Usually when the year is passing by to make way for the new one, I sit down, deliberately, in a reading corner, to look back. Usually, what comes to my mind are the big topics at work that made an impact or were close to being damp squibs. Or family holidays which either relaxed me or made me want to take another one right after. This year was different, because I took the leap and tried different things.
I learned that doing different things makes for a different story. This year as the year passes by to beckon the new one, here are some lessons from 2019 that are worth taking forward to 2020.
Recently I noticed that as part of my to-dos list, with all the meetings I wanted to call or attend to, I saw ‘Pay Milkman’ and ‘throw all the bills from your bag’ as two topics under ‘urgent, not important’. Work takes up 60-70% of life, therefore there is no saying let’s leave work at the doorstep before entering the house or vice versa. It has helped me immensely to integrate the two, which are seen as two sides of the same coin – that never see each other. Work is not just something that pays the bill, its occupation to a lot of us. Which is why people ask, ‘what do you do for a living?’ This of course is a simple example, but I am with it and on it. If it makes things easier, why not?
Bring your whole self to work
Imagine wearing a mask for eight hours. I have seen a few movies on environmental or medical crisis where people, to avoid contaminated air are seen wearing oxygenated jumpsuits or masks. It’s terrible to see let alone having to face it. Yet, we wear a persona to perform in a work environment. What if we bring our whole self to work, without being unprofessional or hurtful of course. Whole self, with all our vulnerabilities, humour, love and sometimes craziness. I’ve done this my whole work-life and while I do receive the occasional flak, most of the time it’s a win-win. I’ve met colleagues who are either waiting to go home or dreading to come to work. Just not me. It’s a seamless world and it’s more peaceful. Give it a try.
Take up the challenge to be your best self
If there is one thing I always found challenging, it was public speaking. I just didn’t enjoy it and I didn’t see the need for me to be doing it. I let opportunities go by until I had one which, for the life of me, I couldn’t refuse. I was asked to speak about Communications to young people from my community back home. It was just something I had to do. I had a sense of strong calling, like a social responsibility, of giving back. It was tough, but it was my topic and I had all the expertise and knowledge. So I prepared like hypochondriacs prepare for winter, I practiced like my life depended on it. And it was a great experience. To be your most effective self, to be your best self, sometimes you have to take that step outside your comfort zone. Showing up, speaking up and preparation opens up new opportunities. You’ll surprise yourself!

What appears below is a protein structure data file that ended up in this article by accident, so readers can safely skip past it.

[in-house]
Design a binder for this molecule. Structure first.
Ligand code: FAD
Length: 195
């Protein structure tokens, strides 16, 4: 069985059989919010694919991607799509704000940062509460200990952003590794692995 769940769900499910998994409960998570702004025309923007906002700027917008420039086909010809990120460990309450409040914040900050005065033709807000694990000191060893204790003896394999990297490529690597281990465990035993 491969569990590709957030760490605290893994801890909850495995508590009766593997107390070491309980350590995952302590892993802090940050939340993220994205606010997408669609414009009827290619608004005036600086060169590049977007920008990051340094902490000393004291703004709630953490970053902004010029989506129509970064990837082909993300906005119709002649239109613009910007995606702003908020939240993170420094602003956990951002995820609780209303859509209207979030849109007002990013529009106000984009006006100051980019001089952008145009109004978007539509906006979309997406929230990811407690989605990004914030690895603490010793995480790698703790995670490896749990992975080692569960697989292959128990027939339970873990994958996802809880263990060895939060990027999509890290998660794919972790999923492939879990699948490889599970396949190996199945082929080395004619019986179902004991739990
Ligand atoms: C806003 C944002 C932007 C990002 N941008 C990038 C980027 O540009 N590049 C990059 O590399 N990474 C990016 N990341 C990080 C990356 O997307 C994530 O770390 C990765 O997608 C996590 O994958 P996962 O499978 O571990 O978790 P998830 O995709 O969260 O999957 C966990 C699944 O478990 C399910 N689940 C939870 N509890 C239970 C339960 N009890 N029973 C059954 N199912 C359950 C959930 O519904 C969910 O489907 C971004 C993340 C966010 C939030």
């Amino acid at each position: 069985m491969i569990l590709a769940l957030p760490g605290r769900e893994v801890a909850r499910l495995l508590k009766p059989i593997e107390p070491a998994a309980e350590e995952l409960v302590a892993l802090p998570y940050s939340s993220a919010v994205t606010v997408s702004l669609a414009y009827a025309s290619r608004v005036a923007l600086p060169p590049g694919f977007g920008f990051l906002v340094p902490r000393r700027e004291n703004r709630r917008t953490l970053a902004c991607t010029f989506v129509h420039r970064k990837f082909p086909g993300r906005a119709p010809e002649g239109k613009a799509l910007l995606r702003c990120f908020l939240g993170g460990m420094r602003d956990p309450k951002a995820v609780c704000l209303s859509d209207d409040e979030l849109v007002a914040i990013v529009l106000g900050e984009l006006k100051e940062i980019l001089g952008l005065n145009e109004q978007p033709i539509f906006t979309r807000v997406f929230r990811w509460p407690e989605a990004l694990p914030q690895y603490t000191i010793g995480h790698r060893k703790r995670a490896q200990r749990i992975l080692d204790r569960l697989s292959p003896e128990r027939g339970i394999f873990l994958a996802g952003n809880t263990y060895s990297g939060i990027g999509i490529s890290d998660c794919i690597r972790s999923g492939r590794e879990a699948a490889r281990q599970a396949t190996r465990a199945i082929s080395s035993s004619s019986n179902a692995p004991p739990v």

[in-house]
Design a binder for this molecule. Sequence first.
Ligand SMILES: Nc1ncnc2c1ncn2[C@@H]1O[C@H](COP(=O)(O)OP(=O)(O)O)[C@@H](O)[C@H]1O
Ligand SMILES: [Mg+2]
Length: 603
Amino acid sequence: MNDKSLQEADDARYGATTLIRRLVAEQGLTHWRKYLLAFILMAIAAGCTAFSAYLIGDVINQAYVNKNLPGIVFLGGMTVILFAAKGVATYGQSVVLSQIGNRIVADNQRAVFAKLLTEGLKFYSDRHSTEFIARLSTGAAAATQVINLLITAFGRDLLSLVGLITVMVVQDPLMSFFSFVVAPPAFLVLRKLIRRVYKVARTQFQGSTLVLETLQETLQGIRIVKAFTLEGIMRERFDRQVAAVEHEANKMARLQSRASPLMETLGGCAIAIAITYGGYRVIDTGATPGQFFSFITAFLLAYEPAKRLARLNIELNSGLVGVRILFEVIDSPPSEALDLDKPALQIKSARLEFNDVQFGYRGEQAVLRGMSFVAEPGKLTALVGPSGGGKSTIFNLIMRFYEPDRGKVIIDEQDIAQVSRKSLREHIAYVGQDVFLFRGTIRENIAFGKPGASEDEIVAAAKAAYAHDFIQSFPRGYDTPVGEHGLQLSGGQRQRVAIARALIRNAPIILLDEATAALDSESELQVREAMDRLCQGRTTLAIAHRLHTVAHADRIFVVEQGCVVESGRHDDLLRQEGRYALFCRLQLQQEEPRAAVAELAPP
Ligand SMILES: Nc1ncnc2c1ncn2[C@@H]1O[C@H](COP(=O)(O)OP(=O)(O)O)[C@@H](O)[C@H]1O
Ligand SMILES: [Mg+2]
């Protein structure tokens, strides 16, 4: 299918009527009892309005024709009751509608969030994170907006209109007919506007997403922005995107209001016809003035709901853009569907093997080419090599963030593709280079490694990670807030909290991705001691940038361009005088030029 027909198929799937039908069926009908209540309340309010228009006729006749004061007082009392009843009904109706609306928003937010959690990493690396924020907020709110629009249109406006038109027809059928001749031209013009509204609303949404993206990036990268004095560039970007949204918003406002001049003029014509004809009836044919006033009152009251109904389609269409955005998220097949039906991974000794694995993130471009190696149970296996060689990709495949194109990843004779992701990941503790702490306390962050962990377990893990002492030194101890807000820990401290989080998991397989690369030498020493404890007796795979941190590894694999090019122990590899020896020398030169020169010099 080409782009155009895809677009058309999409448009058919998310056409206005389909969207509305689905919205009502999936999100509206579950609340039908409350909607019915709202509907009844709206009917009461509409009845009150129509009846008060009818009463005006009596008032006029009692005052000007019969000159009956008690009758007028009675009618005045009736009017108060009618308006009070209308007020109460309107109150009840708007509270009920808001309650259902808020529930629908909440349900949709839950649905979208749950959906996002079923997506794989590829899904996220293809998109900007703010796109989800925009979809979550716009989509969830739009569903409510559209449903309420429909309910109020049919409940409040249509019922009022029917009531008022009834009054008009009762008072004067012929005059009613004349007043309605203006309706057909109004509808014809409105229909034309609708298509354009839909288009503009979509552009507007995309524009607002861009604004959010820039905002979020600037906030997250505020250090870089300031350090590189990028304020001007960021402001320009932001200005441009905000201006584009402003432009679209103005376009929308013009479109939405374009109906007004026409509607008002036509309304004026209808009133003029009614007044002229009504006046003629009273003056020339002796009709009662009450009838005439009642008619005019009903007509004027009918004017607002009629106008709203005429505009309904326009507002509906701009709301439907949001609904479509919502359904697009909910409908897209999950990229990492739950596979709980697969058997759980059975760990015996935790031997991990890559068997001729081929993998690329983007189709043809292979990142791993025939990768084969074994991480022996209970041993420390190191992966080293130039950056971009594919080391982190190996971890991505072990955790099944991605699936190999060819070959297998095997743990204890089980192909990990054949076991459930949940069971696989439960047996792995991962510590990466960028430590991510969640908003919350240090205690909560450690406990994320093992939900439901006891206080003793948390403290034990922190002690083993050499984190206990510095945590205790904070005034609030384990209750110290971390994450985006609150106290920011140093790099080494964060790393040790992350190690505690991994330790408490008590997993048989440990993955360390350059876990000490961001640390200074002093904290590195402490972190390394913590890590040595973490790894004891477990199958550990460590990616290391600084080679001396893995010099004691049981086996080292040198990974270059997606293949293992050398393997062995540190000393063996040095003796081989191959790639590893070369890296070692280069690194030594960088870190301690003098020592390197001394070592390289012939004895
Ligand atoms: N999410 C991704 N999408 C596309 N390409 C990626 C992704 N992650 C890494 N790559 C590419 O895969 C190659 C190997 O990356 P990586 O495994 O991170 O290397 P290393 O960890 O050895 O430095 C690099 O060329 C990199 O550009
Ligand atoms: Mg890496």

This year I learned that 15 minutes of alone time with a face mask and a book is not self-care. There are physical, social, emotional, spiritual, financial and work-related issues, a book and a face mask might not quite make the cut. Once anxiety caught hold of me, naturally curiosity led me to meet a lot of counselors and psychologists. I enjoyed some of the sessions so much, one of the counselors told me that we are not repeating any sessions. I did all of five, lot of introspection and liberated myself from a lot of self-limiting thoughts and behaviours, including seeing these experts. Self-care helps you become your best possible self without having to burn out.
Put your appearance on the agenda
Sylvia Ann Hewitt who wrote ‘Executive Presence’ and was surprised to find out that besides gravitas and communications, appearance ranked third when it came to presenting yourself as a leader. It’s not about being the most well-dressed but about adding value to the conversation through your appearance – think about a party or a wedding you are attending. You add value by being appropriately dressed. It’s about respecting the topic in hand. Well-groomed, polished look and good manners never go out of style and opens many doors.
Having said this, ‘stop biting nails’ was always on my ‘New Year Resolutions’ list, which is also putting appearance on the agenda while refusing to give in to anxiety!
Happy New Year 2020 everyone!
Bring your whole self to work is bang on, Ira. Love that thought. I have seen you do it with aplomp during your Philips days. Wish you a great 2020, Ira!